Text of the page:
Fast and slow – yes, that’s how our minds work. We make quick and intuitive decisions which ultimately get rationalised and modified over time. However, those first impressions are really important. They bias everything else.
It is the basis of speed dating. What happens when you sit opposite somebody for the first time and have just a few minutes to get to know them? You start by looking at your date. You weigh them up. You look at their eyes – are they smiling? You look at their clothes – do they sit comfortably on them? You look at their body language – is it open and welcoming? And then you pose your questions. It’s not just what you ask, it is how you ask it. An open question delivers more insights than a closed one. A bit of sharing in the question may unlock the door.
So what has this got to do with market research you will be asking? Well, we market researchers seldom have more than a few minutes with our respondents. We are speed daters. We want quick responses and thoughtful responses. We want people to give us an initial reaction and we also want to hear their rationalization for it. The quicker the reaction, the more we get at the truth. There is less chance for someone to edit out what they want to say.
The concept of speed dating is relevant in both qualitative and quantitative market research. In qualitative research we are in a typical speed dating environment. It is the getting together of people who have not met before. We are meeting for the first time and sharing thoughts and ideas. It is why the moderator plays such a crucial role. The moderator must come across as a great date. They must be easy to talk to, someone you can trust, someone you want to open up to. And, when you have finished talking to them, they should leave you feeling that what you said was worth listening to.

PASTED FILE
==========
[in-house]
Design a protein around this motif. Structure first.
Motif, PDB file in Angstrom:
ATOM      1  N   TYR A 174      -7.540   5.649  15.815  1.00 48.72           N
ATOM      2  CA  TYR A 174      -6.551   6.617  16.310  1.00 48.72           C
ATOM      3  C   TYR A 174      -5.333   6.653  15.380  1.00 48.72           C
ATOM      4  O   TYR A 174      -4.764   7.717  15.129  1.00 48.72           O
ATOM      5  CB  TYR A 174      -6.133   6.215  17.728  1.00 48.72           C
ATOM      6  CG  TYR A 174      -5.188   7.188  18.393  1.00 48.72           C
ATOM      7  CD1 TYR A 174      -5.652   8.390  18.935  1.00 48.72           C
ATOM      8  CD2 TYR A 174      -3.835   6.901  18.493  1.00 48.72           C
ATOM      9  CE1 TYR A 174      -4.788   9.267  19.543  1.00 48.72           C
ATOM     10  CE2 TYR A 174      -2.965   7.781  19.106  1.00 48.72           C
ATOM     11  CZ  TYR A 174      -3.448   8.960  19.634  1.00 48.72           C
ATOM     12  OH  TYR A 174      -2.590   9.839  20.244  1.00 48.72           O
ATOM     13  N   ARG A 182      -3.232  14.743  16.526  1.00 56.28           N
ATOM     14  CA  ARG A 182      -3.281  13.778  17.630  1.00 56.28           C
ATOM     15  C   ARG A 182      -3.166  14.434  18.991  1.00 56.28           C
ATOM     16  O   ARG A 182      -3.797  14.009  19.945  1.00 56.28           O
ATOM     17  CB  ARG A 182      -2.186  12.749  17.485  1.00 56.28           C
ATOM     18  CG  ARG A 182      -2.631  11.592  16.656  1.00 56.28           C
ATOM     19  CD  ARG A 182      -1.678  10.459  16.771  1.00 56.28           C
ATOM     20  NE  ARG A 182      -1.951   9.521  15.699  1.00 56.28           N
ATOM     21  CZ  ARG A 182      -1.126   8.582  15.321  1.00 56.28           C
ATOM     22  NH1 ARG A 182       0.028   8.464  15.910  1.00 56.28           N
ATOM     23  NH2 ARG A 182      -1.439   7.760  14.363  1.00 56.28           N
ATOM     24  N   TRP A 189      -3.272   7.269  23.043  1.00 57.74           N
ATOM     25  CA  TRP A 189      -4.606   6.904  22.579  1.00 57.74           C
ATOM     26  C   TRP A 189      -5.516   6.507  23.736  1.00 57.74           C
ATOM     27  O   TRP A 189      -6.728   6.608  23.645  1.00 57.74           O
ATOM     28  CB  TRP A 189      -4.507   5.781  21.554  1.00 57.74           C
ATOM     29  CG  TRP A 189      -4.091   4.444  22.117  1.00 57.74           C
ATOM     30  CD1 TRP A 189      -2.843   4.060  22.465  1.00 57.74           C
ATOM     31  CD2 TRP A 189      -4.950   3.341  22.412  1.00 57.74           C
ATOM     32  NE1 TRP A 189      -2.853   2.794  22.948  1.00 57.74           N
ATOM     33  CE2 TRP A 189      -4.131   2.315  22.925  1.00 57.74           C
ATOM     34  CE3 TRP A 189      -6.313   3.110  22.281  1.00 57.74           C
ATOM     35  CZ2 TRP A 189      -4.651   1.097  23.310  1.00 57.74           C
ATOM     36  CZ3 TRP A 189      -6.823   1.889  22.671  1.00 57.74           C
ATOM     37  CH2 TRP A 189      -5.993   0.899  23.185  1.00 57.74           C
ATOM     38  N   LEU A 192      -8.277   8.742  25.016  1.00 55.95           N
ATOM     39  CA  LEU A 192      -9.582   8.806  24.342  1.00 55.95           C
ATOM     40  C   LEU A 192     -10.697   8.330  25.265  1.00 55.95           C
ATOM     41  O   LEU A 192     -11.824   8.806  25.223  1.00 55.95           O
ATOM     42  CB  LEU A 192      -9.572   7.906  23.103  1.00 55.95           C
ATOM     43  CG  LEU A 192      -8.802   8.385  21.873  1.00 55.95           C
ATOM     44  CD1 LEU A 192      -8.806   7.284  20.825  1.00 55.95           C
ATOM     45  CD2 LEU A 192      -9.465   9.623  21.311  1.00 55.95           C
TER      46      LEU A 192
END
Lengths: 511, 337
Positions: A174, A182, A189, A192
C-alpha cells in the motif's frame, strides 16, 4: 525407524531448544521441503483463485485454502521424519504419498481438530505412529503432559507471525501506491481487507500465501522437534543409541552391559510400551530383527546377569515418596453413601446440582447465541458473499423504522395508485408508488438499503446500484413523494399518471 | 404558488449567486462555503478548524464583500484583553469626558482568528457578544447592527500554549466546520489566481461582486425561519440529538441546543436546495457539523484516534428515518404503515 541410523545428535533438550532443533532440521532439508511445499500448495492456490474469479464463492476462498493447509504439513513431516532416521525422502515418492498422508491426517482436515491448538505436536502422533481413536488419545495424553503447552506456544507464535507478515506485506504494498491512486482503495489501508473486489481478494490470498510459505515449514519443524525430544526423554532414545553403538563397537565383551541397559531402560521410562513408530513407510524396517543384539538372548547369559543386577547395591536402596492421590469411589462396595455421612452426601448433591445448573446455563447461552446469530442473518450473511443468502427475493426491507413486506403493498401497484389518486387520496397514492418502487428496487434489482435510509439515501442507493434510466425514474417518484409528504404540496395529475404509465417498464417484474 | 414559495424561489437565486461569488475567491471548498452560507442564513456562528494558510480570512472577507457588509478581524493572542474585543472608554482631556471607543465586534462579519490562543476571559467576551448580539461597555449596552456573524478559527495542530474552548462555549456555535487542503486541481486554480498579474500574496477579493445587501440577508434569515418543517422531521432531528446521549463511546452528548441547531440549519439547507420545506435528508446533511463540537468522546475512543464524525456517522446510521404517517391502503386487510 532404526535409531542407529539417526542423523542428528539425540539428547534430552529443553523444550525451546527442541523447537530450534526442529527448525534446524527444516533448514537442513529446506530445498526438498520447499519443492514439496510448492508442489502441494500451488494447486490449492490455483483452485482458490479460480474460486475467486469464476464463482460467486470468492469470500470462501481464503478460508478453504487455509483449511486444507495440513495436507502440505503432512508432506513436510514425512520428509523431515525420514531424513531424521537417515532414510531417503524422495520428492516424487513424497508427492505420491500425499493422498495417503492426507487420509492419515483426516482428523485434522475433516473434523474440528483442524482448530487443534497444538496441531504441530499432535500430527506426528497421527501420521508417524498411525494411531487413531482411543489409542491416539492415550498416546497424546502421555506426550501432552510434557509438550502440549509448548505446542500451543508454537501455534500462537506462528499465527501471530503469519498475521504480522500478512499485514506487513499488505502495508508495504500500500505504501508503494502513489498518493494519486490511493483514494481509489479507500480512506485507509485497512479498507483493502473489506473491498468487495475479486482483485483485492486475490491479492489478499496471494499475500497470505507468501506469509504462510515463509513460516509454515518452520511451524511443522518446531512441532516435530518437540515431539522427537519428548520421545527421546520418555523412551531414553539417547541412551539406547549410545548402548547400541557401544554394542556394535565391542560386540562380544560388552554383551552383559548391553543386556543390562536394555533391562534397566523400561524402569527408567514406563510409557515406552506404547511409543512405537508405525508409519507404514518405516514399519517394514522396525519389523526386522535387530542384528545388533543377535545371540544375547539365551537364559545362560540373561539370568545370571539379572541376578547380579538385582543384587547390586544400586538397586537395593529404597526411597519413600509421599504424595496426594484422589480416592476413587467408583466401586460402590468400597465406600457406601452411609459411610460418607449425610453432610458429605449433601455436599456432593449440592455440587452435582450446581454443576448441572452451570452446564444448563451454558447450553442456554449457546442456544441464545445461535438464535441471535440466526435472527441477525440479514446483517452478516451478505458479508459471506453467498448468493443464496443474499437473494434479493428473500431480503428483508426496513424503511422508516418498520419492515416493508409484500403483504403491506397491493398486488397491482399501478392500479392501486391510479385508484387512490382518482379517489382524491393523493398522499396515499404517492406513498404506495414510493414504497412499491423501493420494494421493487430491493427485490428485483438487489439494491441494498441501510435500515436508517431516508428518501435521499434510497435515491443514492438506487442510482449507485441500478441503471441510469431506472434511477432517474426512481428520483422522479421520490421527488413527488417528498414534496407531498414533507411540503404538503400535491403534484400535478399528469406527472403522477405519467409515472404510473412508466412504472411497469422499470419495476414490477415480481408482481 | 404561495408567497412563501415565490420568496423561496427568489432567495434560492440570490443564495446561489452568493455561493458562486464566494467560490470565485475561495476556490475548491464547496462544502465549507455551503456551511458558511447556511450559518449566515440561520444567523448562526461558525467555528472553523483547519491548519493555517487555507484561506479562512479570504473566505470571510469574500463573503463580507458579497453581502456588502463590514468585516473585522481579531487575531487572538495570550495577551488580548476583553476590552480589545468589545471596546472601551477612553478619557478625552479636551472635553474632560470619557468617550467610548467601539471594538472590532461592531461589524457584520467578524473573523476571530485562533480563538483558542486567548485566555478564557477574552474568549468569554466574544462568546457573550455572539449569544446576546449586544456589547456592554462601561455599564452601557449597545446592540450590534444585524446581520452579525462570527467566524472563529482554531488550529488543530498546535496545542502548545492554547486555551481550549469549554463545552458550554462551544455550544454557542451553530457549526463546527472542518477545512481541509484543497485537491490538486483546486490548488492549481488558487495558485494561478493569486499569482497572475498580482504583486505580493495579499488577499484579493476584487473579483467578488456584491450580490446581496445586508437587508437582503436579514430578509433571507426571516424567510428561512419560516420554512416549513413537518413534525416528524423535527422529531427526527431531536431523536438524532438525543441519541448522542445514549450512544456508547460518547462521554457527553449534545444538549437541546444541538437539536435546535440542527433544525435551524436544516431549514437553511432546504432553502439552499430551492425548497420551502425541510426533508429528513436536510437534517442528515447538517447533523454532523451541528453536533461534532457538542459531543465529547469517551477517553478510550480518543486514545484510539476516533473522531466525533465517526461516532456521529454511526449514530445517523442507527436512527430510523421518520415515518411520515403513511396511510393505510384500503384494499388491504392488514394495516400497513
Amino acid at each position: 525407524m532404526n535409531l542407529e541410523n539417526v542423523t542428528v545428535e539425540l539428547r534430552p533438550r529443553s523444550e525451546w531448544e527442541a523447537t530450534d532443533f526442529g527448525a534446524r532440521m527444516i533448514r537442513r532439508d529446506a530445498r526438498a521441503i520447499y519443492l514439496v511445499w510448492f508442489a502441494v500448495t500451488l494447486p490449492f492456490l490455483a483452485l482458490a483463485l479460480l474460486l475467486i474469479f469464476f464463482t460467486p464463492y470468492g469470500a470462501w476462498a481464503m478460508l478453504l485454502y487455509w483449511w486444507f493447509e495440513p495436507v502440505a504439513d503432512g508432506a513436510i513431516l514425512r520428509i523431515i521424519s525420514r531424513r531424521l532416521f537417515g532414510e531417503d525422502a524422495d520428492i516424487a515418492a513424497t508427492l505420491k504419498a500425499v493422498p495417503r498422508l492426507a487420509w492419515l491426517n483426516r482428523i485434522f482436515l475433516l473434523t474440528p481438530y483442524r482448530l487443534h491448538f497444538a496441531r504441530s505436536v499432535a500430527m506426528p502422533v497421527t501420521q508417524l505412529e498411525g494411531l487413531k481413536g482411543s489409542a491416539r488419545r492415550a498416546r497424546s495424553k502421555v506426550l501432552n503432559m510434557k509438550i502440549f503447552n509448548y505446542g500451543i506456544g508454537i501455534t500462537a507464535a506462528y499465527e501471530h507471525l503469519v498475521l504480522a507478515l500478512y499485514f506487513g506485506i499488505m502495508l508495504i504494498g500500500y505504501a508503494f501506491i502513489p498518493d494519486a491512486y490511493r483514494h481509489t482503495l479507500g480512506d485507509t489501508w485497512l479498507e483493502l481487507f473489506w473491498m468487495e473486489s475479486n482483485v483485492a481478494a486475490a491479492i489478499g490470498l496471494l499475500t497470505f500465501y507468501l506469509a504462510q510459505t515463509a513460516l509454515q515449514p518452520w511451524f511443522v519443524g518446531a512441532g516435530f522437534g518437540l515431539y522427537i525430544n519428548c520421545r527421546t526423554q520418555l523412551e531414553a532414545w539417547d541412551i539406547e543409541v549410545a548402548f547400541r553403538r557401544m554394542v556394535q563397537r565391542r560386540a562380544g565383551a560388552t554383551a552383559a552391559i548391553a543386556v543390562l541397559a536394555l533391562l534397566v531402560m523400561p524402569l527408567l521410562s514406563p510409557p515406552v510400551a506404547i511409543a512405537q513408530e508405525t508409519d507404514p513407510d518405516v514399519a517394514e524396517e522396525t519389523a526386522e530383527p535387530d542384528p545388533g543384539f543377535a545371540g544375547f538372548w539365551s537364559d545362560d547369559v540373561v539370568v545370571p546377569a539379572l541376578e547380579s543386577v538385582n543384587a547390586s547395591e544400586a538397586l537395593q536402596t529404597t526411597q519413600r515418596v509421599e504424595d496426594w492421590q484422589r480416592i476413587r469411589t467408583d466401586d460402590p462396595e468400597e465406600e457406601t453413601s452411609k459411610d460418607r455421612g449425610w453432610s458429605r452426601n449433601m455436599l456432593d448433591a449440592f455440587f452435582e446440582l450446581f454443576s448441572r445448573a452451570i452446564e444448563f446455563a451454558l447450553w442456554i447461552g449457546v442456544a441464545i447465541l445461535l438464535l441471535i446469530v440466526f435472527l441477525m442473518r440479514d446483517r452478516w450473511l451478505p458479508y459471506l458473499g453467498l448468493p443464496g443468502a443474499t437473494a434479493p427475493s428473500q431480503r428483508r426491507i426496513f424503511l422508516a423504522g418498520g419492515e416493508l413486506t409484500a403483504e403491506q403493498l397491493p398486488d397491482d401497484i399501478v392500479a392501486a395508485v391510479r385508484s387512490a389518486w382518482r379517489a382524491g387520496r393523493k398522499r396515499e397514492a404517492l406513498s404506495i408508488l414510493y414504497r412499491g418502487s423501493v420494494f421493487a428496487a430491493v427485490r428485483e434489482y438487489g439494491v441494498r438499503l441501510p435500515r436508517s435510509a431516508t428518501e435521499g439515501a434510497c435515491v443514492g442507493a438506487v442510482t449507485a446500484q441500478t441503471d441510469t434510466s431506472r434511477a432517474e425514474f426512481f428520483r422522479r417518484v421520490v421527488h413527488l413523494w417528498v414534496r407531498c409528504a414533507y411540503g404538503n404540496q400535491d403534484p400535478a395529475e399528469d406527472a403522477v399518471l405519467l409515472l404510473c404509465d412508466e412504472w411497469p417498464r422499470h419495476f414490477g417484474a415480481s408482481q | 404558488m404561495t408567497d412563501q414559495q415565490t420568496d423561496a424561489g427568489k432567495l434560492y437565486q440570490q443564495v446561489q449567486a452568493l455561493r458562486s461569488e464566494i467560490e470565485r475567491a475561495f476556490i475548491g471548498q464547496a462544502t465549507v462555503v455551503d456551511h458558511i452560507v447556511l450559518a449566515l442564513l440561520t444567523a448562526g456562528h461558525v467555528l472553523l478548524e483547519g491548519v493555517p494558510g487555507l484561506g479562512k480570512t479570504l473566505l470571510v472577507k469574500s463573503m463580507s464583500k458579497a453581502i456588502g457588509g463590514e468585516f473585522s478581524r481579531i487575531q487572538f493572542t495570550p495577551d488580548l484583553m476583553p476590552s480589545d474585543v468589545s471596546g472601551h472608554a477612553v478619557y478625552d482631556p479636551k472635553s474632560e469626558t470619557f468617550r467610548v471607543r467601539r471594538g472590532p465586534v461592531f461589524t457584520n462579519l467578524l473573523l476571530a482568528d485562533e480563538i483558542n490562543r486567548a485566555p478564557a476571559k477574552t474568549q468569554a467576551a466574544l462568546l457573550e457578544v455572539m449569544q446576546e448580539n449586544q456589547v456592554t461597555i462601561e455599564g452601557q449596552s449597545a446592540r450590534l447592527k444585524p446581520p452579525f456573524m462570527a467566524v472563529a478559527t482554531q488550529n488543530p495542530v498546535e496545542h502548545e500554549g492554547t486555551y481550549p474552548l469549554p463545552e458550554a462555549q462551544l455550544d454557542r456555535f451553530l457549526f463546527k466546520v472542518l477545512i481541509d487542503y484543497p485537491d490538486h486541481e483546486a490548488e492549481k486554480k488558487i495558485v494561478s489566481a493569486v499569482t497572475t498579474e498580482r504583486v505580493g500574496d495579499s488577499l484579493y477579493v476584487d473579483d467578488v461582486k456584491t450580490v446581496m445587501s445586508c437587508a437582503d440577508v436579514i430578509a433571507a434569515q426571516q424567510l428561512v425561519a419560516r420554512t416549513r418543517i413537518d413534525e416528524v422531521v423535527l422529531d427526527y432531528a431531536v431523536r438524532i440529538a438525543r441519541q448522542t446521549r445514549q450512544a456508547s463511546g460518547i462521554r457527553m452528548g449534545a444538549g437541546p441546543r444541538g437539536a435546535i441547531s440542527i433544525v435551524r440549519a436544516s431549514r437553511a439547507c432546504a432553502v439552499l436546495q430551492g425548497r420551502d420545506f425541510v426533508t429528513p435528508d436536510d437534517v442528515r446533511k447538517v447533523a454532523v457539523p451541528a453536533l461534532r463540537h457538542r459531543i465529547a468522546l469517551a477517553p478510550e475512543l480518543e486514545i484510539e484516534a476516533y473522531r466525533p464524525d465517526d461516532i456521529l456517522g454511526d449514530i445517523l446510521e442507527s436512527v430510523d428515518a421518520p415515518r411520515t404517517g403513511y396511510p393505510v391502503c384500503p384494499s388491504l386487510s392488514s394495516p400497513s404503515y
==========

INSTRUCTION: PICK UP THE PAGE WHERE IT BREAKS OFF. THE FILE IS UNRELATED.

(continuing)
In quantitative research it is a bit more difficult. We need to set the scene with some context. Our speed dating question may begin with something such as: “Imagine your current supplier has let you down and you need to find a new one. What are the three things that you look for, above all else, from your new supplier?”. Followed, of course, by the inevitable “Why did you say that?”.
Does speed dating work? Perhaps if you’re looking for the love of your life it is a bit risky. Out of the dozen or so people in the room it may be too much to hope that one of them will make you happy for the rest of your life. But, if you’re looking for market research insights, it really does work. It forces into the open those important system 1 responses that are subconscious, emotional and automatic. It also gets to the system 2 thinking which is slow, conscious and deductive and which we need to understand because it is what the new love of our life will tell us – even if they don’t mean it.